Tuesday, March 23, 2010

Little Easters



Listen to an audio version of this post at
http://media1.imbresources.org/files/108/10821/10821-57827.mp3

The resurrection of Christ is the central event of human history.

Because He lives, everything has changed for those who believe and follow Him. We have salvation and hope — and we share them with others. We celebrate His victory over sin and death. We look toward eternity with joyful expectation, not fear or despair.

So where is He? Everywhere — even in dark places. Especially in dark places. If you watch and listen, you will witness some of the countless, quiet epiphanies that reveal His risen presence. Here are a few:

-- Because of government restrictions in a country hostile to Christians, a church meets on a patch of land 6 feet wide and 30 feet long — no roof, no floor — jammed into a narrow space between a believer’s house and a neighbor’s wall. The preacher stands under a tree at one end. The congregation stretches back for the length of the house and spills into the front yard.

“When it rains everyone gets wet. When the sun shines they all get tanned. But when they praise the Lord, they are all blessed,” says a missionary. “And so were we the night we worshipped with them.”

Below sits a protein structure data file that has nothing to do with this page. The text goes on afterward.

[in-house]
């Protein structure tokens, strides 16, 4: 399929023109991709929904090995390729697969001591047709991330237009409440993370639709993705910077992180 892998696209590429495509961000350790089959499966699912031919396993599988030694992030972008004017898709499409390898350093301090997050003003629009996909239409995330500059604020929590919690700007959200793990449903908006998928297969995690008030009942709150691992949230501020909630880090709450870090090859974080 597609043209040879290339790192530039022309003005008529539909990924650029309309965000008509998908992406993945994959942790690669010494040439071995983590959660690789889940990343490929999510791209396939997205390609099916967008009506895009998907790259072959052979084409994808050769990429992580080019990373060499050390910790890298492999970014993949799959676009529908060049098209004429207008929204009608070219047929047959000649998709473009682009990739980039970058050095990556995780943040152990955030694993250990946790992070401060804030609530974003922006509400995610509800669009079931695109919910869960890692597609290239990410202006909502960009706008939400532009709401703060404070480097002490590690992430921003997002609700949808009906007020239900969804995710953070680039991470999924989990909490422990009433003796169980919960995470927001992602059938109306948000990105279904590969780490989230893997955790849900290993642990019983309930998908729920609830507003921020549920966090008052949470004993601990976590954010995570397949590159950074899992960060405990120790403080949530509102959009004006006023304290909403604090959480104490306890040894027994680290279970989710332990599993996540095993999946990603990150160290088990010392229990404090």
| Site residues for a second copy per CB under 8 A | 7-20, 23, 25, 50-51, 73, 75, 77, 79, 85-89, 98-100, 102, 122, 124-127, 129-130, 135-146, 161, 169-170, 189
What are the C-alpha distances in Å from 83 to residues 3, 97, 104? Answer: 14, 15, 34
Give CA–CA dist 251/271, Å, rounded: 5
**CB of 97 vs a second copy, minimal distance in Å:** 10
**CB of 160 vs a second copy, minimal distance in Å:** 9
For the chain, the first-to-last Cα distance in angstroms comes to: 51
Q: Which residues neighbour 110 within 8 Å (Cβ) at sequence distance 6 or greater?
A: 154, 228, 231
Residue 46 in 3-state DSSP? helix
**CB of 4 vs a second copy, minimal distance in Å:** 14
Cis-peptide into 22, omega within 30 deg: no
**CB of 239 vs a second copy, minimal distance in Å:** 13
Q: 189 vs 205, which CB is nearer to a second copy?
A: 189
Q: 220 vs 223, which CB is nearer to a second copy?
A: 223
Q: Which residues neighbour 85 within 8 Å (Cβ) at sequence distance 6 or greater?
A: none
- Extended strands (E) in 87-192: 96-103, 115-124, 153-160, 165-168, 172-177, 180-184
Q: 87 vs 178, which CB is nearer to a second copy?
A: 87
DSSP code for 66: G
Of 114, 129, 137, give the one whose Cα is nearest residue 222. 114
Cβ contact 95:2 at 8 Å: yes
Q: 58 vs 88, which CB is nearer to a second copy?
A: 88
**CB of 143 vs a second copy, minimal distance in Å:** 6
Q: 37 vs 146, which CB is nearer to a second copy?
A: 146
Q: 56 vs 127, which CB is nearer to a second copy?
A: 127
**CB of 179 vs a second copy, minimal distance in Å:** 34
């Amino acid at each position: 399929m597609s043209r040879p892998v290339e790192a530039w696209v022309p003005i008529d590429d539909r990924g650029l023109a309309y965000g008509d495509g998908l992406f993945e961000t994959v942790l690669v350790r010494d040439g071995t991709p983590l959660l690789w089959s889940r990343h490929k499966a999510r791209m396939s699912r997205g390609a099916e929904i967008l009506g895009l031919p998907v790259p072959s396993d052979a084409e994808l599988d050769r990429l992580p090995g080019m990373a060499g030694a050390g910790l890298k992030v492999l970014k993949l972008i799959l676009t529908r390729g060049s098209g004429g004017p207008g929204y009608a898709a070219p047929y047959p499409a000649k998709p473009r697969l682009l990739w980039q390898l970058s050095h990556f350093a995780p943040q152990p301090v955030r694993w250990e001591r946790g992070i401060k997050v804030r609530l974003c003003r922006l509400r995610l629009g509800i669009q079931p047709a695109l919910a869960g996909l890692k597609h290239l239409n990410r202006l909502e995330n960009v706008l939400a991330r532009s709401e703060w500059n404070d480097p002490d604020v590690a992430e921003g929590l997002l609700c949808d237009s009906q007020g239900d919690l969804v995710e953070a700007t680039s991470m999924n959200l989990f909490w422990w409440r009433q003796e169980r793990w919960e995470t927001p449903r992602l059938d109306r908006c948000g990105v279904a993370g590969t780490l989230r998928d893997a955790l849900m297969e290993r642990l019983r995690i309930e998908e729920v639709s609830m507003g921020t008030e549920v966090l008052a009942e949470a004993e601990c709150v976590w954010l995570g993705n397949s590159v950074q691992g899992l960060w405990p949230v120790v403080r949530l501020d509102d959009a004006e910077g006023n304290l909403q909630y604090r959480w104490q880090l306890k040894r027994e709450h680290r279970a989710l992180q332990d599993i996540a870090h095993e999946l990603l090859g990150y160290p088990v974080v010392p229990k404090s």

-- A former missionary struggles with an aggressive form of cancer. He already has lost a leg to a malignant tumor. More treatment looms. He admits that his life seems very fragile at the moment. Yet God continues to use him to bless others.

Recently he visited the renowned Mayo Clinic in Rochester, Minn., for medical tests. That afternoon, “I sat down at the grand piano in the main lobby and played for an hour,” he writes. “It was therapy for my soul. I played improvisations on various hymns including Fairest Lord Jesus, It is Well with My Soul and What a Friend We Have in Jesus. I shed a few tears as I thought back on memories of my past … of holidays when our children were small and would dance around the living room to my music.”